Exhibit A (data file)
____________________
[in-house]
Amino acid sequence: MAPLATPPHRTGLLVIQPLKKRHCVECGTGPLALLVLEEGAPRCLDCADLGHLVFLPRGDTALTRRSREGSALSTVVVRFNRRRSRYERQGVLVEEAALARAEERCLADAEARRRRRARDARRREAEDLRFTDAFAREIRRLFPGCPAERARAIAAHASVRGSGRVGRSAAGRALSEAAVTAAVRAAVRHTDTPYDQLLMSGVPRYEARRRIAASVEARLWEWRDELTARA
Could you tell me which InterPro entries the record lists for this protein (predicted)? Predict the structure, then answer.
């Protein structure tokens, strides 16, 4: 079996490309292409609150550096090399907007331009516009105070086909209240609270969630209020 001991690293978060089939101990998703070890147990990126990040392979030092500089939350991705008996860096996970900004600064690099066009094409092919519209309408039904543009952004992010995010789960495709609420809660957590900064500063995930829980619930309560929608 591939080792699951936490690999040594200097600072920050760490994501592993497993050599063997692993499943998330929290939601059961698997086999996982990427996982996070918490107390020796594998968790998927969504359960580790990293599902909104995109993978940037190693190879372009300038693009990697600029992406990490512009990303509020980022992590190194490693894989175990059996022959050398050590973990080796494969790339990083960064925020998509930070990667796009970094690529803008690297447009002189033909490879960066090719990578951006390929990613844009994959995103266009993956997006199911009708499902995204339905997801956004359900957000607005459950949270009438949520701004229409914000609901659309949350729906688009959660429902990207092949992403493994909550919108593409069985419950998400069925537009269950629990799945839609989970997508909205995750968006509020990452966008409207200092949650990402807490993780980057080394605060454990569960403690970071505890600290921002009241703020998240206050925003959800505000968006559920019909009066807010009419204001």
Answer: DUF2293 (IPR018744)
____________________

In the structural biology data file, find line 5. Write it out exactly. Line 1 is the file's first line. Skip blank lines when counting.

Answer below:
Answer: DUF2293 (IPR018744)